We performed a molecular dynamics simulation to analyze the effect of the surface structure on the water wettability and condensation process. Coulombic and van der Waals interactions were treated as the intermolecular interactions. The TIP4P model [40], which is the four-site model, was employed as a water molecule model and the Lennard-Jones particle was used as the wall surface. To investigate the effect of adhesion force of wall on the wetting and condensation, the parameter ε was changed as shown in Table 1, ε = 19.74 kJ/mol (hydrophilic) to 0.06168 kJ/mol (hydrophobic). This approach that changes the ε parameter is similar to the previous molecular dynamics simulation in graphene [35]. The molecular size parameter was set to σ = 0.233 nm, the distance at which the intermolecular potential between the two particles is zero. The LJ parameter ε = 19.74 kJ/mol, the upper value of ε, and σ = 0.233 nm are same values used for copper, a typical hydrophilic metal [27]. The cutoff radius for the van der Waals interaction was 1.3 nm, and timestep was set to 2.0 fs. The Ewald method was employed for the calculation of Coulombic interaction. The calculation was performed using GROMACS [41,42]. The simulation was performed under constant number of molecules, volume, and temperature (NVT). The temperature was controlled by Nose–Hoover thermostat [43,44].
Three patterns of a nanostructure with different heights and a flat surface were employed as the microfabricated surface as shown in Figure 2. The heights of the nanostructure were set as multiples of the length of the lattice constant of fcc copper 0.362 nm (0.724 nm, 1.448 nm, and 2.896 nm, respectively). The surface wall was a 10 nm square, 1.448 nm in thickness, under periodic boundary condition. The length of the height direction of the simulation box was 50 nm.
The contact angle of droplets deposited on the wall was measured using the half-angle method [45]. The schematic figure of the determination of contact angle θ on the nanosurface in this study is illustrated as Figure 3. The contact angle was determined as the angle of the line from the triple phase point to the apex of the drop and the line of the top of the wall. In the initial state of the simulation, a droplet was placed 0.5 nm from the wall and its natural adsorption on the wall was analyzed. To understand the effect of the size of the droplet on the wall, two diameters of the droplet, about 5 nm (2259 water molecules) and about 6 nm (3787 water molecules) were explored. The contact angle was calculated after 4 ns to reach the equilibrium at 300 K.
The condensation process of water vapor on the nanostructured surface was calculated by 5 ns simulation under 300 K. The initial structure of the calculation was prepared by the 2 ns calculation under 600 K for 2259 water molecules on the surface as shown in Figure 4. We changed the LJ potential parameter ε in three patterns, 19.74 kJ/mol, 1.974 kJ/mol, 0.06168 kJ/mol. Three calculations were performed for each condition to obtain average values.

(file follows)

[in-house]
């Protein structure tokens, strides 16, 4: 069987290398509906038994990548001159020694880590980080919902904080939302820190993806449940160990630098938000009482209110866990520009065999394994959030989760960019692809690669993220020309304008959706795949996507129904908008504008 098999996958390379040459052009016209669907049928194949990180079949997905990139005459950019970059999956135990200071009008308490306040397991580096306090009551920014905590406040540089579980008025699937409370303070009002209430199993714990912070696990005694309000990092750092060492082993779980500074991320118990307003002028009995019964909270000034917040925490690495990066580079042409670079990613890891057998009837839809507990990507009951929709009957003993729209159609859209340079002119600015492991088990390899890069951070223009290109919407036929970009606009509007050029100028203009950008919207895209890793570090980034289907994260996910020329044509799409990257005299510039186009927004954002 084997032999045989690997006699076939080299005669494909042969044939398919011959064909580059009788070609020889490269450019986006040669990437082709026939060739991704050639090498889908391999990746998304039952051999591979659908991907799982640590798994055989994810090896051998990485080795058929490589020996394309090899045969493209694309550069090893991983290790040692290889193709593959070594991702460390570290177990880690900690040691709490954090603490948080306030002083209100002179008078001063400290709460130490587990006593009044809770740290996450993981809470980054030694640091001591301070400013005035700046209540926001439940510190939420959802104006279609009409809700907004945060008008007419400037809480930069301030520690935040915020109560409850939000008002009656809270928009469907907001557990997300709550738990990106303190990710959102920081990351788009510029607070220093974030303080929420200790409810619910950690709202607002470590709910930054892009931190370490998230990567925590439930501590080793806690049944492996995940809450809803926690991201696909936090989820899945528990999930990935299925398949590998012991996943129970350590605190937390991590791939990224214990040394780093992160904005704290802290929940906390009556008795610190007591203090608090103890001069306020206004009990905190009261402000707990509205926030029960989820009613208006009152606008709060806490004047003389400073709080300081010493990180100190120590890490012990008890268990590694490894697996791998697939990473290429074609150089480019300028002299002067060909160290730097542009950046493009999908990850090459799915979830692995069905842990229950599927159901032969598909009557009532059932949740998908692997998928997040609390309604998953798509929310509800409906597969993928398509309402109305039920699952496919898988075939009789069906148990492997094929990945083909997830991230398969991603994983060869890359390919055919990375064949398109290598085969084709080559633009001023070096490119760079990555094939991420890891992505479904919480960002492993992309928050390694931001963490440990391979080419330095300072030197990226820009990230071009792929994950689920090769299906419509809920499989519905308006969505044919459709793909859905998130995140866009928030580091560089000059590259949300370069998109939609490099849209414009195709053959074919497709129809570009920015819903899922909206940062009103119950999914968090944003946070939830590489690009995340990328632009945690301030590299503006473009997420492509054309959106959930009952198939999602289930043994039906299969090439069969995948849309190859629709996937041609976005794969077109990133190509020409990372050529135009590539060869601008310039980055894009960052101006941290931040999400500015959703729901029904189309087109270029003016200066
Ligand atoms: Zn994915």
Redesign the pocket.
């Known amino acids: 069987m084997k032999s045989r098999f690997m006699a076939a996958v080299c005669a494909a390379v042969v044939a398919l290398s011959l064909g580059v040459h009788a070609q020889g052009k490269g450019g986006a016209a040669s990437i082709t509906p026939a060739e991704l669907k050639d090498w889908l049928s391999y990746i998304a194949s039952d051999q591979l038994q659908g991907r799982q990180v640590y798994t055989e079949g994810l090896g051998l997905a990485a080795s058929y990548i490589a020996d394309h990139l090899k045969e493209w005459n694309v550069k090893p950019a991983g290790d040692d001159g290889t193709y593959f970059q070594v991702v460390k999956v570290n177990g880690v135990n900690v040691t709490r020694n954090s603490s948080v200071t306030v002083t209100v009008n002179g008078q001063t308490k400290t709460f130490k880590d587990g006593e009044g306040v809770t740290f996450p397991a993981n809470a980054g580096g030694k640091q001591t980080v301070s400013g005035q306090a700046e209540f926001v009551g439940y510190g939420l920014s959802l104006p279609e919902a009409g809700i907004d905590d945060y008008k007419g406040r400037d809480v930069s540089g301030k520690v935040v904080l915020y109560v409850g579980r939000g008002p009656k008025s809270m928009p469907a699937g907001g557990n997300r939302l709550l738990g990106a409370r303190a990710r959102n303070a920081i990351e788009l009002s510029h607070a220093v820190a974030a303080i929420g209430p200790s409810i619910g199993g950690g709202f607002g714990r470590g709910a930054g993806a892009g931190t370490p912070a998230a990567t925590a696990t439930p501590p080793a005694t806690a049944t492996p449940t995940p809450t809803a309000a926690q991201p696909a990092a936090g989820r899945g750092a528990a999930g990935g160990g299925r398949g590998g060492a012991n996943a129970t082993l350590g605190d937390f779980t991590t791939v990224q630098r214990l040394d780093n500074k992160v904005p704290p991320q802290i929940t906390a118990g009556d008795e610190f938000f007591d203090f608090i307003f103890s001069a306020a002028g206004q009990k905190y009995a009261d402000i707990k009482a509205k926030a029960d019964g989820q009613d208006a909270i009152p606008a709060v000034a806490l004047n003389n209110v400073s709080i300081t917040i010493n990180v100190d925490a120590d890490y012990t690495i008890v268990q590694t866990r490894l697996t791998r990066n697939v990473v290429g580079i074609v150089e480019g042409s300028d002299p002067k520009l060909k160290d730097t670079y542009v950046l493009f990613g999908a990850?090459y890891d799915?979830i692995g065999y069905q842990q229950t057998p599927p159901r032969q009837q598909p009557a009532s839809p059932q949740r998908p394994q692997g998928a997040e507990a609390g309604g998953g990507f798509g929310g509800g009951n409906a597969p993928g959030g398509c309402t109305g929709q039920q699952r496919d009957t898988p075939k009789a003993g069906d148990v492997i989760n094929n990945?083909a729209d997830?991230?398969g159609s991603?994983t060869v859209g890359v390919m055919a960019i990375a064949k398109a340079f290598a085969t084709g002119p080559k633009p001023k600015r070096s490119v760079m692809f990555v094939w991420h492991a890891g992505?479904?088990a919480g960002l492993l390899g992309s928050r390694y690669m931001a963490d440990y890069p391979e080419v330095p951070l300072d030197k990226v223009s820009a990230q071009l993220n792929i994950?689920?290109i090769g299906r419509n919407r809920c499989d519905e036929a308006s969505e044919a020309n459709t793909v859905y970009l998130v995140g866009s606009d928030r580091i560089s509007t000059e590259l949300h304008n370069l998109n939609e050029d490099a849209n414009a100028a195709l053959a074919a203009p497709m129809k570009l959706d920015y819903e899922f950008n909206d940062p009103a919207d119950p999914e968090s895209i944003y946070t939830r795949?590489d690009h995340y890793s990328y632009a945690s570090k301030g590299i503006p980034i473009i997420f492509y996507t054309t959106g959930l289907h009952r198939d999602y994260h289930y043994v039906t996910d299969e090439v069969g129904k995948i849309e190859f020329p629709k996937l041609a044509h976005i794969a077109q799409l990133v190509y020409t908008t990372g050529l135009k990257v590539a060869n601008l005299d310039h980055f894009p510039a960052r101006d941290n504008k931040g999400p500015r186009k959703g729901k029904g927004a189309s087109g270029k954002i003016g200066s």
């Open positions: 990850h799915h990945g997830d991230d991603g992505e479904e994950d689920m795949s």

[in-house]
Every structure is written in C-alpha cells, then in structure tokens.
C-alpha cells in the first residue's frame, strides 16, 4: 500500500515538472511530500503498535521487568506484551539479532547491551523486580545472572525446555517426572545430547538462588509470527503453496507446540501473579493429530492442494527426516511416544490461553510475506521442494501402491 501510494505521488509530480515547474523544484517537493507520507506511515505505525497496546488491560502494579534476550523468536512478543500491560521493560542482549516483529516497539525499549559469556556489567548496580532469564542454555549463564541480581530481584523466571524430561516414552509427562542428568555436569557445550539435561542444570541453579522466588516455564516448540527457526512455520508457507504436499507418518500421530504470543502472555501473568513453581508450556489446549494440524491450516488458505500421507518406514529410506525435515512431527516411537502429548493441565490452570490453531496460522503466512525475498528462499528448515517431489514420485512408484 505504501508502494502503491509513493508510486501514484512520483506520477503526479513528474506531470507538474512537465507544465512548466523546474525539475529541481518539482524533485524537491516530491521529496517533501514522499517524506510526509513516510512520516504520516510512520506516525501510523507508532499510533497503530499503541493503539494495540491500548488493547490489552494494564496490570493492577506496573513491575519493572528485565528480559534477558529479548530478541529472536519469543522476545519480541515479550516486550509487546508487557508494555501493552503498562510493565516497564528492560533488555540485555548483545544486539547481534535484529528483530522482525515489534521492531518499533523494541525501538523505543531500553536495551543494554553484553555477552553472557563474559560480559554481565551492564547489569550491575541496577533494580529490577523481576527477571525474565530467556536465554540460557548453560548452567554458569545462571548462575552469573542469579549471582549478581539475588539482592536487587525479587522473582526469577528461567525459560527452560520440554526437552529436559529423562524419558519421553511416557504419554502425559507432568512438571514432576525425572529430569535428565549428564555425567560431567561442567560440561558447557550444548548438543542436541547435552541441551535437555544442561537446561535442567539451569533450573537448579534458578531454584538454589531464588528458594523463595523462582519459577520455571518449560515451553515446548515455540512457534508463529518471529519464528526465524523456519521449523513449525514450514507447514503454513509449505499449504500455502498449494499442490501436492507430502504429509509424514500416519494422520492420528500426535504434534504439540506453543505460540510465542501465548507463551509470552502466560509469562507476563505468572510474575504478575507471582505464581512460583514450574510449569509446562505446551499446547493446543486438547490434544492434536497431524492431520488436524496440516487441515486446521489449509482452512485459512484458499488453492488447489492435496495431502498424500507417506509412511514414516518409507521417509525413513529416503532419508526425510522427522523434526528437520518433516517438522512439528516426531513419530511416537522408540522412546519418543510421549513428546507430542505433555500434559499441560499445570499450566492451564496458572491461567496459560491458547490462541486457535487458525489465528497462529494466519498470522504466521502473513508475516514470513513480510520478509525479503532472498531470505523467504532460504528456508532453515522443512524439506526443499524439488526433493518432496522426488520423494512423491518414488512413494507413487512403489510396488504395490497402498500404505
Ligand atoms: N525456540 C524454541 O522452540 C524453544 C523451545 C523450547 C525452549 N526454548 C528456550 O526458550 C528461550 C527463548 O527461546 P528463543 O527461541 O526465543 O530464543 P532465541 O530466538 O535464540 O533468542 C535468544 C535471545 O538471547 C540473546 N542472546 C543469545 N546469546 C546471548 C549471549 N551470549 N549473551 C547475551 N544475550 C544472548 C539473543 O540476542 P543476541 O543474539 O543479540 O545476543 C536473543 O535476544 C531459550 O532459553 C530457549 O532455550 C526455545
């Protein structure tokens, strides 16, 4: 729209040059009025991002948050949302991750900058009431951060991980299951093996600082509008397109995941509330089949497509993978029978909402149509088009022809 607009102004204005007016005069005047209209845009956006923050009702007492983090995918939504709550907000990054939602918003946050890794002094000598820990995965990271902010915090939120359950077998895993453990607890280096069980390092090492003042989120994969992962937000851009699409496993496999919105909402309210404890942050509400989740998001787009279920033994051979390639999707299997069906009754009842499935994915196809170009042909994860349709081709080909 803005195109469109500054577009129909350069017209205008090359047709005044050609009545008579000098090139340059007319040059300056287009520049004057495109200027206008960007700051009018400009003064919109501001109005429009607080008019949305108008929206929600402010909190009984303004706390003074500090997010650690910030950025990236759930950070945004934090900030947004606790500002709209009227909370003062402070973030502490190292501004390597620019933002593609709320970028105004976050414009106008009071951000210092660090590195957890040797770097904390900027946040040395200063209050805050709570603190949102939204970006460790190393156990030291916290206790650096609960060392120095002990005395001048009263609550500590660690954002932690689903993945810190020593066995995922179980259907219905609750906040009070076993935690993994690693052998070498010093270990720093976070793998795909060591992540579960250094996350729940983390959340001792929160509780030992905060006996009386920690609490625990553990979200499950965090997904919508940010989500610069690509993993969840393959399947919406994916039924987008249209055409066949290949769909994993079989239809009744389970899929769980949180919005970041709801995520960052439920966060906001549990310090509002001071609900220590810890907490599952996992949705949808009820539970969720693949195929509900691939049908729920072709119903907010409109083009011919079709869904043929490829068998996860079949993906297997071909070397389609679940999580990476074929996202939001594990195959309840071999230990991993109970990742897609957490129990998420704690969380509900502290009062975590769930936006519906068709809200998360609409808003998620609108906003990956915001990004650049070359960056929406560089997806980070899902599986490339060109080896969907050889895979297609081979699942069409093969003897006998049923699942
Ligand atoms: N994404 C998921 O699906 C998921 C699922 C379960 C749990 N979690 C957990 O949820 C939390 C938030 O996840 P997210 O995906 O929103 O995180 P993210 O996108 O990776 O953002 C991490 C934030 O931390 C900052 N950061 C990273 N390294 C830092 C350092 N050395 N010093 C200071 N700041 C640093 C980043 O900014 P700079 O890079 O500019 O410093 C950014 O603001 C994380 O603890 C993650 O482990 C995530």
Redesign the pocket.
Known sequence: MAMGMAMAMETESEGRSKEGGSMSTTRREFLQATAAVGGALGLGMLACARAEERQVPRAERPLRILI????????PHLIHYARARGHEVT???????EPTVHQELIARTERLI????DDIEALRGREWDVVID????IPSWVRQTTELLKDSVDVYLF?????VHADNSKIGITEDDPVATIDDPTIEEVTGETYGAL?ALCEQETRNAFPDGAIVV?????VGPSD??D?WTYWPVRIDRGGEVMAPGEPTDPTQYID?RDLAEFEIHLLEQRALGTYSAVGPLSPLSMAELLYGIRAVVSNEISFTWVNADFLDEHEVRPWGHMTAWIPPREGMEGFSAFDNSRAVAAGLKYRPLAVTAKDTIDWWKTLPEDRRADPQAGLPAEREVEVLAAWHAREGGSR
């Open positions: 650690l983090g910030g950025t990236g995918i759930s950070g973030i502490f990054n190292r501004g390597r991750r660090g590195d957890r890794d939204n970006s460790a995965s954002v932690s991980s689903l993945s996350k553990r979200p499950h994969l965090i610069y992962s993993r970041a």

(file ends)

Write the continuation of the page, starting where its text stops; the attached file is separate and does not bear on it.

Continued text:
3. Results and Discussions

Figure 5 and Table 2 and Table 3 show the calculated contact angles when the droplets with sizes of 5 nm and 6 nm were on the wall surface. Both contact angle dependence on the water–wall interaction and height of pillar showed similar trends with the previous study on graphene [35]. In Table 2 and Table 3, the numbers on the gray background correspond to the Wenzel state, the numbers without any background represent the Cassie-Baxter state, while no number means no droplet. The contact angle was determined as the angle at the top of the surface of asperity. The part where the angle could not be calculated corresponds to the area where the solid–liquid part was not formed stably because the liquid spread over the entire surface. Figure 6 shows a snapshot of the case, where water molecules spread into a film and the contact angle could not be determined on the plane of ε = 19.74 kJ/mol. When the adsorption force of the wall was large, water spread into a film on both the flat and uneven surfaces. Even when there was unevenness, water adhered to the available contact area and did not form droplets. The process of forming such a liquid film is consistent with previous molecular simulations on copper surfaces [39]. This behavior is similar to that of macroscopic films spread thinly when droplets are adsorbed on a hydrophilic surface [46,47]. Two layers of water molecules were found on the surface in the case of a film formed by 5 nm droplets on the flat surface. The hydrophilic surface adsorbed water molecules and aligned them. The boundary ε for the wetting state changing from Wenzel to Cassie-Baxter was 1.974 or 0.9869 kJ/mol, depending on the pillar height. There was no difference in the size of the droplets.
Figure 7 shows the change in the wetting state when asperity changed for a wall adsorption force of ε = 3.948 kJ/mol and a droplet with a diameter of 6 nm. While the liquid spreads over the whole plane on a flat wall, the Wenzel state is manifested by adding unevenness. Similarly, Figure 8 shows how the Wenzel and Cassie states are switched depending on the size of unevenness for the wall adsorption energy ε = 0.9869 kJ/mol. Overall, the contact angles were increased by the nanostructures by about 10° to 40°. The contact angle tended to increase with asperity and as the interaction between water molecules and the wall surface decreased. It was also possible to estimate how the liquid film, Wenzel state, and Cassie state changed depending on the surface adsorption force and nanoscale unevenness size when droplets adhered to the solid surface.